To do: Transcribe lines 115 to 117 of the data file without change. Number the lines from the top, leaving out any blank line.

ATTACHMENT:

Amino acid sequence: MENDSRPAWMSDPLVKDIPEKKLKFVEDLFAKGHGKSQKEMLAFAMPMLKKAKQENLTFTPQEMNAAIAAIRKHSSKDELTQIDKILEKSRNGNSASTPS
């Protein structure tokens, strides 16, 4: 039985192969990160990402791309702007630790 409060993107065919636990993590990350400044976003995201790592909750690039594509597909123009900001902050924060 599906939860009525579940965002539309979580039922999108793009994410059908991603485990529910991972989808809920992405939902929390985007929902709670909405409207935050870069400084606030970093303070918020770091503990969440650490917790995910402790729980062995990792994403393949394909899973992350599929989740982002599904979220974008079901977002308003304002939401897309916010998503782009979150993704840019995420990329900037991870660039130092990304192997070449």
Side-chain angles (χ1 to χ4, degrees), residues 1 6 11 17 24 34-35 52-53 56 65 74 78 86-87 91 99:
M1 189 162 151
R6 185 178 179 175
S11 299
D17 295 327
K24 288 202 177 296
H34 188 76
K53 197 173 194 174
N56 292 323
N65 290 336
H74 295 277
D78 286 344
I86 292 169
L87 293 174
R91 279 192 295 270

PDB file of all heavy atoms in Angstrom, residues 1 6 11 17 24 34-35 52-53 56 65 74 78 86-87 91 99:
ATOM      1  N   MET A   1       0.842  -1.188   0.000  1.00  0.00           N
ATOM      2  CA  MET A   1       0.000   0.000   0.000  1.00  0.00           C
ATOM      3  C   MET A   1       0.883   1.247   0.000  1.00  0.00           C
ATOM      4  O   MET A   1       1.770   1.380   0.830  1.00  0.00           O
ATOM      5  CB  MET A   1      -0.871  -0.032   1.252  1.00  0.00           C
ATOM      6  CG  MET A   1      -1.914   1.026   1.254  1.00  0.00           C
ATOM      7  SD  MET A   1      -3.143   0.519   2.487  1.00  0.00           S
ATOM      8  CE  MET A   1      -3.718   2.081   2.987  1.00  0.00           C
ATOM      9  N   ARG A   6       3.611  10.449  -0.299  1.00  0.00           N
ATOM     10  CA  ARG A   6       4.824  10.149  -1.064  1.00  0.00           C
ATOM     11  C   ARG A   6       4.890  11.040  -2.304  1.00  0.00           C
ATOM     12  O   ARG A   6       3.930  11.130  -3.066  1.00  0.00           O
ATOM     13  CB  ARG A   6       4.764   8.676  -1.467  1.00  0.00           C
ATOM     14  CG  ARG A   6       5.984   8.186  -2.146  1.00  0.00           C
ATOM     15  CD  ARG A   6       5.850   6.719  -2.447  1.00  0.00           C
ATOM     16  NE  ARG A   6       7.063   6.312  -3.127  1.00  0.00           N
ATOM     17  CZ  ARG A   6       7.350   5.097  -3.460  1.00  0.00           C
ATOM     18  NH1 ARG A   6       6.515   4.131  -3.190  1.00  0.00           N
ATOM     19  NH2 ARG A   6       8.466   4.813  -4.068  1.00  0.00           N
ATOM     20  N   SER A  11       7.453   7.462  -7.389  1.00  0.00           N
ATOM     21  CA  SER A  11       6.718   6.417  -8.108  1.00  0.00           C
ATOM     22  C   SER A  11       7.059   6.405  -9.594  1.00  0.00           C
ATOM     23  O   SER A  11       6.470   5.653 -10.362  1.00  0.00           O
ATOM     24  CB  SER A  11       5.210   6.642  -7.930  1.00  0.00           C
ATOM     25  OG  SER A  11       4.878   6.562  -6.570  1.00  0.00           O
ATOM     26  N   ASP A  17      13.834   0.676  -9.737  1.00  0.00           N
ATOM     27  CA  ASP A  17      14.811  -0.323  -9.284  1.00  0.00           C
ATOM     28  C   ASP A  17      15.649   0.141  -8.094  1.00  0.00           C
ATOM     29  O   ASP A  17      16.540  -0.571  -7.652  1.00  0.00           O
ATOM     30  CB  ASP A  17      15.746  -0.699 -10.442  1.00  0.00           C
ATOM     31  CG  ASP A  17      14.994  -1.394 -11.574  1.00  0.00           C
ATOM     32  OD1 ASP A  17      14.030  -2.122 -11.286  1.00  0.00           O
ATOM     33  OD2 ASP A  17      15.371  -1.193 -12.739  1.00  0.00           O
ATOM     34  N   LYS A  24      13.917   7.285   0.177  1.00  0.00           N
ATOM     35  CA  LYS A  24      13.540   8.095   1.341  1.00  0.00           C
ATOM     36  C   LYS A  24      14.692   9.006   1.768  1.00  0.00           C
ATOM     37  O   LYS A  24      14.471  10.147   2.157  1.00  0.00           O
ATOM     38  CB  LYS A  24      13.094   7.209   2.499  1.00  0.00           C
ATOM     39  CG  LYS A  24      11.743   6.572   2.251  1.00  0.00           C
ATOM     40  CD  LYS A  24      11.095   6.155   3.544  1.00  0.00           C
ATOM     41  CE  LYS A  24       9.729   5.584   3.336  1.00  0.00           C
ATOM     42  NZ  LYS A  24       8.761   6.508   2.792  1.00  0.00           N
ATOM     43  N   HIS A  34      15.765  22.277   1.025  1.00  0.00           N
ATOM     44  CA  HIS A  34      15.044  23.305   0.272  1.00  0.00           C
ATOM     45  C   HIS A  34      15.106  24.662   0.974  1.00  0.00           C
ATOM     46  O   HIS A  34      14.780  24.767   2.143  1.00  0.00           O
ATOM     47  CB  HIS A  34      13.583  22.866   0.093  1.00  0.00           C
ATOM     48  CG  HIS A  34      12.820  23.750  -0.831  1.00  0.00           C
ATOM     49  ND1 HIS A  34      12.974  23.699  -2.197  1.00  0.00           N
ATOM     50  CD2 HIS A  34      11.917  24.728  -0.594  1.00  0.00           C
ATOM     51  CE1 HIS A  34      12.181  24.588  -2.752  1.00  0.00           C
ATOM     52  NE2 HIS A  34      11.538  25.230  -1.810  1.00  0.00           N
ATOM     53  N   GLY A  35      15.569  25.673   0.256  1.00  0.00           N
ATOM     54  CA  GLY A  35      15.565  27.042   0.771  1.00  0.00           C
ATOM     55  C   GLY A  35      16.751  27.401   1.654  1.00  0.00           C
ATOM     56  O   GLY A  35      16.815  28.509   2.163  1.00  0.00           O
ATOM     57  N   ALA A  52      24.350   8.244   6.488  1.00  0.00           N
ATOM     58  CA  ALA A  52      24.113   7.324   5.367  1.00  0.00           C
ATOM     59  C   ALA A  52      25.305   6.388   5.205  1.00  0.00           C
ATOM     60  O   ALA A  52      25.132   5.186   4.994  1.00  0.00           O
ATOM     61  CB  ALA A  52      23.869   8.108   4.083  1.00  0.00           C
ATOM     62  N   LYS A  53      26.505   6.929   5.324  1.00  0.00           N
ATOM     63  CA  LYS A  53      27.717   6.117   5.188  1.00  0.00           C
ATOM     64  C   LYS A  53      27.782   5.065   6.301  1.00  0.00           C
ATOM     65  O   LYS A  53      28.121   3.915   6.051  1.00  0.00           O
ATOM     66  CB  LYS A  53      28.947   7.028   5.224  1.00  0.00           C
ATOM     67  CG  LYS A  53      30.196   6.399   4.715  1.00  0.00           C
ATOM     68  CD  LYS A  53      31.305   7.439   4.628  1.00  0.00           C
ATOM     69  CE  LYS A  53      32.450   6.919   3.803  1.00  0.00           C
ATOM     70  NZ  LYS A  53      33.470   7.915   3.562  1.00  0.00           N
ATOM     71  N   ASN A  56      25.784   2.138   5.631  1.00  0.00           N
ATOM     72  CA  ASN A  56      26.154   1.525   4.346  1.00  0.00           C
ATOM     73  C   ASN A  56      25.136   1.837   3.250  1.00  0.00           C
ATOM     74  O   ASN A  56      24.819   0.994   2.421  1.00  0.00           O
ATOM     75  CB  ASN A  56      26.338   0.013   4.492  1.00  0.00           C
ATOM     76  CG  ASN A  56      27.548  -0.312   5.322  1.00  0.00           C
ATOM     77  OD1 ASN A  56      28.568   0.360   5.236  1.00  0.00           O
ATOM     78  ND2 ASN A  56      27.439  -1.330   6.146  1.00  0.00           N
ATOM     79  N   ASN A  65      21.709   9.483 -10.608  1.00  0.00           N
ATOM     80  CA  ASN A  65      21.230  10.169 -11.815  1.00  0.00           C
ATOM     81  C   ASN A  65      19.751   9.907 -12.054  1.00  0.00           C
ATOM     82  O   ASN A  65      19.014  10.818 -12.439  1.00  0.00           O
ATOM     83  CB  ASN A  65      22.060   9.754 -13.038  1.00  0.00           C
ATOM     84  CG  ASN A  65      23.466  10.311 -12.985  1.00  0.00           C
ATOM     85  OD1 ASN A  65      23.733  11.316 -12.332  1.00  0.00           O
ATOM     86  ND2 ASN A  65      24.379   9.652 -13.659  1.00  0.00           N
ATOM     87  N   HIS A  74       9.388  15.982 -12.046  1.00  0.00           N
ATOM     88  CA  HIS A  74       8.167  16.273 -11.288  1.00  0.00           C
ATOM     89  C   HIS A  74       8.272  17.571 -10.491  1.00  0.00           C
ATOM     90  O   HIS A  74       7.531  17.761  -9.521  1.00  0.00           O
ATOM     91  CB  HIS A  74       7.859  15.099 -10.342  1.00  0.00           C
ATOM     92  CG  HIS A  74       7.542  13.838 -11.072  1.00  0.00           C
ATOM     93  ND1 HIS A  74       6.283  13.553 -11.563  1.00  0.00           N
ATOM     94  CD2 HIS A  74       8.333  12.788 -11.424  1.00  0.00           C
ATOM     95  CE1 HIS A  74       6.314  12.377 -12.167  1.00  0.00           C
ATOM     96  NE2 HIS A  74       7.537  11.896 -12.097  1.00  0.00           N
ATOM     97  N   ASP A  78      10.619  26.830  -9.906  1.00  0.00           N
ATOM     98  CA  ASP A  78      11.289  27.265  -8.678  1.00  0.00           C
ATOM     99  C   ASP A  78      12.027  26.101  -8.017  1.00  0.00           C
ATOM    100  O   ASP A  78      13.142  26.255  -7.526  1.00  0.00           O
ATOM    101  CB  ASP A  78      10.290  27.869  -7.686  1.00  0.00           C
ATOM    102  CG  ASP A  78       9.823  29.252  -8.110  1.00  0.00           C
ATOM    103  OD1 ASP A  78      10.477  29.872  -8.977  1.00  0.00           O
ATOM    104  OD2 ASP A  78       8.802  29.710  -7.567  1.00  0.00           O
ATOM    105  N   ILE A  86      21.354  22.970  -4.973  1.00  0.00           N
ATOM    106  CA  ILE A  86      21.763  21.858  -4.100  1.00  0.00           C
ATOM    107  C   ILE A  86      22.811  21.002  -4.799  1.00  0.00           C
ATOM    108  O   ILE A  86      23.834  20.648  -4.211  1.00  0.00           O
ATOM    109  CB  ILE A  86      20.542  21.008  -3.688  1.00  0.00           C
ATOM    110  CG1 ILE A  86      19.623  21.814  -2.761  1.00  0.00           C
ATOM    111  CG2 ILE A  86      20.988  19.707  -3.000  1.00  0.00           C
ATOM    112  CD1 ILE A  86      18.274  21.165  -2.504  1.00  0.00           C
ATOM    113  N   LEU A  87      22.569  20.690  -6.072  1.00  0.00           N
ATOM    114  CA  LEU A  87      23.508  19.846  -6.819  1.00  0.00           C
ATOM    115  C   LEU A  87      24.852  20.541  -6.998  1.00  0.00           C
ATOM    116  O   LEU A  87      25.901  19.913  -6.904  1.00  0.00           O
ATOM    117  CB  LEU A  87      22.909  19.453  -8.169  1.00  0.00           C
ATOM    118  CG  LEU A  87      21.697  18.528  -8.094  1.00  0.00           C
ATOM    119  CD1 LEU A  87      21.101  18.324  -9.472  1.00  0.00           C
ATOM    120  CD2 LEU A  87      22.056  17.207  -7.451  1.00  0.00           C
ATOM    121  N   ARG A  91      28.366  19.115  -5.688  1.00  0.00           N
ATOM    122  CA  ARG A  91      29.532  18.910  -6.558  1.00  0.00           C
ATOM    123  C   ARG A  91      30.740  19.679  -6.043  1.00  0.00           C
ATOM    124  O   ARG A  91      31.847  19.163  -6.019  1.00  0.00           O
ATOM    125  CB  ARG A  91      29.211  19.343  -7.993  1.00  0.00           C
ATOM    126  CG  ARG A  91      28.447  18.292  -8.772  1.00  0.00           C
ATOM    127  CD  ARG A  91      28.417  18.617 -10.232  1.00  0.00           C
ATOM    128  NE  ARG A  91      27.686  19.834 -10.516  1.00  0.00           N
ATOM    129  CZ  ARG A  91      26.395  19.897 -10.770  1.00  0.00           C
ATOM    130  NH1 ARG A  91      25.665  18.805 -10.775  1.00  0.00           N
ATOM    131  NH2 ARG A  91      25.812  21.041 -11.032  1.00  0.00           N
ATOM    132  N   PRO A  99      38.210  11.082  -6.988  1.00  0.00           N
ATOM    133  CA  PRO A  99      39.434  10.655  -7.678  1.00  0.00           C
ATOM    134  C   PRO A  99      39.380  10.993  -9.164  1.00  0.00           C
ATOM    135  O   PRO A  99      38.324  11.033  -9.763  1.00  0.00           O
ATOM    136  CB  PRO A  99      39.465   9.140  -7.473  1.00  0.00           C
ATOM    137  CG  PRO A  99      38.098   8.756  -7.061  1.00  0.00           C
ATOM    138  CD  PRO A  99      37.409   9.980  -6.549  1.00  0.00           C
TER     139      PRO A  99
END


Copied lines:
ATOM     97  N   ASP A  78      10.619  26.830  -9.906  1.00  0.00           N
ATOM     98  CA  ASP A  78      11.289  27.265  -8.678  1.00  0.00           C
ATOM     99  C   ASP A  78      12.027  26.101  -8.017  1.00  0.00           C